Vilhelm Glückstadt

Enhver (Everyman)
R: Vilhelm Glückstadt. K: Ludwig Lippert. Ba: Viggo Larsen. D: Peter S. Andersen, Gudrun Houlberg, Lilly Jansen. P: Filmfabrikken Danmark. Dk 1915
Engl. subtitles

Enhver (‘Everyman’), 1915, is a silent phantasy film inspired by ‘Jedermann’ of Hugo von Hofmannstahl, Austrian novelist, librettist, poet, dramatist, narrator, and essayist. In 1912, Hugo von Hofmansthal adapted the 15th century English morality play Everyman as ‘Jedermann’, and this was staged in Danish translation at the Royal Theatre in Copenhagen in 1915. At the time, it was radical example of symbolist abstraction. The film director was Vilhelm Glückstadt (1885-1939), uncredited. The protagonist is tempted by dark figure of evil and succumbs, rejecting God and leading a life of iniquity, but he is then haunted by guilty visions until he finally dies, asking God for forgiveness at the last moment. ‘Elliptical narrative, flashbacks, metaphoric sequences and parallel lines of action’ (Ron Mottram).”
YouTube

Den Fremmede
R: Vilhelm Glückstadt. D: Hakon Ahnfelt-Rønne, Emanuel Gregers, Gudrun Houlberg. P: Filmfabrikken Danmark. Dk 1914
Print: Danish Film Institute

“In some ways Vilhelm Glückstadt is an even more fascinating figure than Benjamin Christensen, if only because he is almost entirely unknown, while his films are among the most interesting produced anywhere in the world. (…)
The story of Den Fremmede, the earliest of the surviving Gliickstadt films, revolves around Poul Wang (Emanuel Gregers), a confidential clerk for a trading company. One evening he goes to a nightclub with some friends while his wife, Clara (Gudrun Houlberg), waits at home. He cannot pay his bill and, in his drunkenness, asks that it be sent to his home the next morning. When the bill arrives, he still cannot pay it; apparently it is for a rather large sum. Poul visits Frandsen, a moneylender, and borrows the money to pay the bill. Later, Frandsen goes to Poul’s office to collect and, when it still cannot be paid, Poul decides to burglarize his employer in order to get the money. That night, Poul’s employer, Dahl (Rasmus Ottesen), is working late and watches Poul’s actions. At the last minute, Poul changes his mind and returns the money to the safe. Poul continues to put Frandsen off. Then one night Dahl summons Poul to the office and the latter reveals his financial problems. Dahl remembers a time from his youth when he stole some money. After leaving Dahl, Poul calls his wife and tells her he will not be home until late that night. Alone in the house and feeling insecure, Clara takes out Poul’s gun for protection. Later, Poul sneaks into his own house intent on stealing money that had been entrusted to him and which he has been keeping locked in a desk drawer. Thinking he is a burglar, Clara shoots him, wounding him in the arm. A strange bearded man, who has appeared periodically throughout the film, enters their house and gives Poul some money with which to pay his debt. The film ends with the bearded man entering his own house, taking off the beard, which was only a disguise, and revealing himself as Dahl.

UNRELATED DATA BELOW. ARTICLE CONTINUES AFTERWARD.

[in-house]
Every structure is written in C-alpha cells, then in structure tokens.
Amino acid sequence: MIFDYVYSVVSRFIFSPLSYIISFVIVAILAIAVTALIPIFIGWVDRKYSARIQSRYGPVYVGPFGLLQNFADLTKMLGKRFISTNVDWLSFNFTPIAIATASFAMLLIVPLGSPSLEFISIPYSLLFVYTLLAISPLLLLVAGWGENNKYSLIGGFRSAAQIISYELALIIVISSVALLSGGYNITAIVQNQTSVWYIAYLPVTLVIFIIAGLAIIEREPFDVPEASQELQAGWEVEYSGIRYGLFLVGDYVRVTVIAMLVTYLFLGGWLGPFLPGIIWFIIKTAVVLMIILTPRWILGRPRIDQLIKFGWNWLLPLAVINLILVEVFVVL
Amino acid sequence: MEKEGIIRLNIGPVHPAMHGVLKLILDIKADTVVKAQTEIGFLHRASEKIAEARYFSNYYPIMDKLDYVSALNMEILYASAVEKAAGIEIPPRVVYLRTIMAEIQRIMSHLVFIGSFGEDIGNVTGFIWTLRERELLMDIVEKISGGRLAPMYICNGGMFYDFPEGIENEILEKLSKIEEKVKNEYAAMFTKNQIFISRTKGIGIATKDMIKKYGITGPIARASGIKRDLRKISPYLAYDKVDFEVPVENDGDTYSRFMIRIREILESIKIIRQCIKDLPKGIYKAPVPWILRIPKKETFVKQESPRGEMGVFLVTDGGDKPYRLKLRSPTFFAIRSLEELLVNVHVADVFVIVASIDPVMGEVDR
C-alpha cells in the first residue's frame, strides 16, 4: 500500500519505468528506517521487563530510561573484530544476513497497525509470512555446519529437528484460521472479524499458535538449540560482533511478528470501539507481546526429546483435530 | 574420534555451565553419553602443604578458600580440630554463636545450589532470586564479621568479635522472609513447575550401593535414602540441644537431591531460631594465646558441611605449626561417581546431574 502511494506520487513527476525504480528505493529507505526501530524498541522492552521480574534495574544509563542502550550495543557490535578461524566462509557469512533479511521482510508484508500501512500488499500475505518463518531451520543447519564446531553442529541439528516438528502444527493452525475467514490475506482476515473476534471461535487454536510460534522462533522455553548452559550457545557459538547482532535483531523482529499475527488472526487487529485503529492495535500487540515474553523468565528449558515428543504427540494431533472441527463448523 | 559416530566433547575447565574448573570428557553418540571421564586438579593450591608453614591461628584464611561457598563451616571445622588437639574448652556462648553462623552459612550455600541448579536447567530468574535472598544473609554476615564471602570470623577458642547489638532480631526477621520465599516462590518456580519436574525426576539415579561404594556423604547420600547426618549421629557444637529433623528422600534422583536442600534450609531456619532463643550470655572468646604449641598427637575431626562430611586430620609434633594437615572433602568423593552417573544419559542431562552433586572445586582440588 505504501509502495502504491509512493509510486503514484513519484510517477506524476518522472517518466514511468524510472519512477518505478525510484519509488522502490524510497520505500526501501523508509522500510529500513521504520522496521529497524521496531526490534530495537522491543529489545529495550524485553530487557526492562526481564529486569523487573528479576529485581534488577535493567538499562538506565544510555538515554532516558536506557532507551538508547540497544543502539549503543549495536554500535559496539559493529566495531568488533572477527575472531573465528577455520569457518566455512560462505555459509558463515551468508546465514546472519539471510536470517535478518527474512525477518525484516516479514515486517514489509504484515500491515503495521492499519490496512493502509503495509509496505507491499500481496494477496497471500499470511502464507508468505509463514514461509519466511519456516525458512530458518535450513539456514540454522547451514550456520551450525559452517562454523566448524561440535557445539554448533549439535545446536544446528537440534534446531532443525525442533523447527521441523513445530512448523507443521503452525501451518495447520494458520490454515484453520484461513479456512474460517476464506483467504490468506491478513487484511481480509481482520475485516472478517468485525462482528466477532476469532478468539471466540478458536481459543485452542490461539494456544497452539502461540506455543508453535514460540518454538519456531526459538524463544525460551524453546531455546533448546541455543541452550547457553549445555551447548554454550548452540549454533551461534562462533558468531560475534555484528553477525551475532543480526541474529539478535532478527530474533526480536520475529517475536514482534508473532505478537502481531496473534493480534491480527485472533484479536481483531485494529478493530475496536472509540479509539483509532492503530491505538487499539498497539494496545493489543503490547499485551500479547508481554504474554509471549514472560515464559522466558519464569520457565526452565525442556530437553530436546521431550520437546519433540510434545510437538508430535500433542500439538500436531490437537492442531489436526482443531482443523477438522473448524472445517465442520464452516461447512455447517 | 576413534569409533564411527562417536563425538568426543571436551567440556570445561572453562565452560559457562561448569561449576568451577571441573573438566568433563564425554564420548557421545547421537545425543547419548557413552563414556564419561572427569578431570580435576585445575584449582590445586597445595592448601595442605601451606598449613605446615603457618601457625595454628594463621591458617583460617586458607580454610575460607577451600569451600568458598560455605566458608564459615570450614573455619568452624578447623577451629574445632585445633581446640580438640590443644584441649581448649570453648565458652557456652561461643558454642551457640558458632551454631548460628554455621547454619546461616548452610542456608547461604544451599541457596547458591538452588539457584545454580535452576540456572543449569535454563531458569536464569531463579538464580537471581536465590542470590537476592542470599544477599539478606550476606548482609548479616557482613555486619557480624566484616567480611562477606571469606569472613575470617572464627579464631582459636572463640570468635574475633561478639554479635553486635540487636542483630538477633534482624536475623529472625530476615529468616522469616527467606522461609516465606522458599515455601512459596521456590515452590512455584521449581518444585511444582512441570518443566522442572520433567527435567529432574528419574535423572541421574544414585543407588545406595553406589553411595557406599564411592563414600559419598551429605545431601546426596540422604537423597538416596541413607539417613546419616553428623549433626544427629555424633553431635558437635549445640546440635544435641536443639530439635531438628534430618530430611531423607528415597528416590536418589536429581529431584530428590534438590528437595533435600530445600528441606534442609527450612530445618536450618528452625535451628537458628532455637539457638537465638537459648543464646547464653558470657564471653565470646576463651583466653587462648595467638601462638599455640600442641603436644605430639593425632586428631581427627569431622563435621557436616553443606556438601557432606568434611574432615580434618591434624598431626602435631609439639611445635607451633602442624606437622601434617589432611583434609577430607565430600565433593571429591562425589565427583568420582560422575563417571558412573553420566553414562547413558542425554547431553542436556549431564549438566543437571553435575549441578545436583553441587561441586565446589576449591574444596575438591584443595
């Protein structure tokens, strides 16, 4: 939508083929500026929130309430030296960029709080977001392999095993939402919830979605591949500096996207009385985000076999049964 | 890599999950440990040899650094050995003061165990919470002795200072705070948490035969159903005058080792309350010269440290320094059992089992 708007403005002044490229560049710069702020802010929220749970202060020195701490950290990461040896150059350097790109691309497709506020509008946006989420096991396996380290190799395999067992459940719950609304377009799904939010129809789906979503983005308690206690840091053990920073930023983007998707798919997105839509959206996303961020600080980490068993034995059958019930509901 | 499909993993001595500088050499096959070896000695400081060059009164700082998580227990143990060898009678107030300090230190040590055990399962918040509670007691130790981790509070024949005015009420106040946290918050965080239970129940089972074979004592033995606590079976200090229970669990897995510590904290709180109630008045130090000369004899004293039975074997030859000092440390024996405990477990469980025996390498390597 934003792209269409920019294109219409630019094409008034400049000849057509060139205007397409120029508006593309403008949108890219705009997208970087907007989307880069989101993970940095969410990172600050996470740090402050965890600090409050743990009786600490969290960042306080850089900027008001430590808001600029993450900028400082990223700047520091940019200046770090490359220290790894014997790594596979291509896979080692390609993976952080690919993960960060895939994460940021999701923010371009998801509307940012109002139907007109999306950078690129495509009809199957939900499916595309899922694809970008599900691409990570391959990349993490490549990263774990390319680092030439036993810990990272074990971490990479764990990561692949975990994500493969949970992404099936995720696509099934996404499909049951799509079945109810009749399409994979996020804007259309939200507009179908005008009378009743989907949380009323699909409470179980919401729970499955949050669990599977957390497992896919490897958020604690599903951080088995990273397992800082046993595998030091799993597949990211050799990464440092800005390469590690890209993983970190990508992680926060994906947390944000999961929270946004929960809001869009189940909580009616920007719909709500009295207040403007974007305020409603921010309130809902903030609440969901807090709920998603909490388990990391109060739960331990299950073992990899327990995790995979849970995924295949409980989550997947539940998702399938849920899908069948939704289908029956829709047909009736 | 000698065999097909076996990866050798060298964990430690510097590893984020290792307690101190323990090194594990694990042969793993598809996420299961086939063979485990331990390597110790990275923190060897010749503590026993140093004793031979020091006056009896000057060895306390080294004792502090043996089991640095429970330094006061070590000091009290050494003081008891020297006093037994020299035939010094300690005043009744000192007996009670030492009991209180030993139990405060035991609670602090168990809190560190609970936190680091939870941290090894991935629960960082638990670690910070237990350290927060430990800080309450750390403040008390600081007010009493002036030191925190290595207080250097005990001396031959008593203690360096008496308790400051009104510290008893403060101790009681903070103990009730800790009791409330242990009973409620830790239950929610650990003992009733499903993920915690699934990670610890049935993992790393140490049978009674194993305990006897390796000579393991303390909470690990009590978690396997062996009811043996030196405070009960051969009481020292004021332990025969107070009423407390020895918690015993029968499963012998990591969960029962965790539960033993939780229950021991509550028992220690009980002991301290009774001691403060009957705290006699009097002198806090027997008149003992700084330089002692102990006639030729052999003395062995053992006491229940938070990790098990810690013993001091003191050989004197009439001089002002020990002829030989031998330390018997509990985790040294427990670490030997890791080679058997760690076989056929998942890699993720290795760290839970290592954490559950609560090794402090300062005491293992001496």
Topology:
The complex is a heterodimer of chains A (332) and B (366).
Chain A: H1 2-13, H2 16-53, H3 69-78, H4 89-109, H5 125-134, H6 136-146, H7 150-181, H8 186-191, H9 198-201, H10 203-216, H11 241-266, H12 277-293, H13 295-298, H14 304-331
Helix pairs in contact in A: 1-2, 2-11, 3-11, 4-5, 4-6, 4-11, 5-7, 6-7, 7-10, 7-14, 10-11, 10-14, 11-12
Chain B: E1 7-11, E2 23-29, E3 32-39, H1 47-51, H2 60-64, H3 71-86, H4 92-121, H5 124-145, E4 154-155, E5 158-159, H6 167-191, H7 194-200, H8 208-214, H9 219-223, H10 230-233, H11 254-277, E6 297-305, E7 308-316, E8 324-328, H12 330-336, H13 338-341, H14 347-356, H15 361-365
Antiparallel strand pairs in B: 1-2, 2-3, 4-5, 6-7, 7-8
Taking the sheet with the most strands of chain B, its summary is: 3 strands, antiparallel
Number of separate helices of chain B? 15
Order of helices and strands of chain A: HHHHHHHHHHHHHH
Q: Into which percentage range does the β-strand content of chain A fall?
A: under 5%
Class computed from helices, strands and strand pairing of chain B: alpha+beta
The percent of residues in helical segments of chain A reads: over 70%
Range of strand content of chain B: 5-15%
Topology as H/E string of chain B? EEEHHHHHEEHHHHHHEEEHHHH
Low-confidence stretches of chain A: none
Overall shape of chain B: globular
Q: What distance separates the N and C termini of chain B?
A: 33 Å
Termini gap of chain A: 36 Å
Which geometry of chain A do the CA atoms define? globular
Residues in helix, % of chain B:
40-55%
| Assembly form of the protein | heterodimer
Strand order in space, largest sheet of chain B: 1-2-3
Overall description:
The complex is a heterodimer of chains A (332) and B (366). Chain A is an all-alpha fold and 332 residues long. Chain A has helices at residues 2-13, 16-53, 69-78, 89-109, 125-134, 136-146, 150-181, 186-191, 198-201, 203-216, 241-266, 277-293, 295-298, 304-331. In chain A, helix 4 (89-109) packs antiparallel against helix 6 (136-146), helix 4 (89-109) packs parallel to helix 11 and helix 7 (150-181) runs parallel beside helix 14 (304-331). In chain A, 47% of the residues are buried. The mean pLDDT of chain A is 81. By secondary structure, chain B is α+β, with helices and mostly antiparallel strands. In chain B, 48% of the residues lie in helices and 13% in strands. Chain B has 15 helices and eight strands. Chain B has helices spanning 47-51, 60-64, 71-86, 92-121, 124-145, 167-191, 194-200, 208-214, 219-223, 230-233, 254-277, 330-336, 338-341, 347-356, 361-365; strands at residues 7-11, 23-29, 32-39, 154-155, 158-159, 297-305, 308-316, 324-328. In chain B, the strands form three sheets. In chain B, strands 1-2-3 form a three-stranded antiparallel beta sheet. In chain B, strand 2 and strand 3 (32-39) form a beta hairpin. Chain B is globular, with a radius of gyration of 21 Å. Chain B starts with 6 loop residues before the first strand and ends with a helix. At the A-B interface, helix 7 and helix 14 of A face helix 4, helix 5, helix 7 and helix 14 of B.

Den Fremmede is an excellent film, particularly in its cutting and camera placement which allow a development of space that is at times more sophisticated than any other Danish film of the period and, indeed, must rank as one of the most advanced films of the entire prewar cinema.”
Ron Mottram: The Danish Cinema Before Dreyer. Metuchen, New Jersey 1988, p. 116-119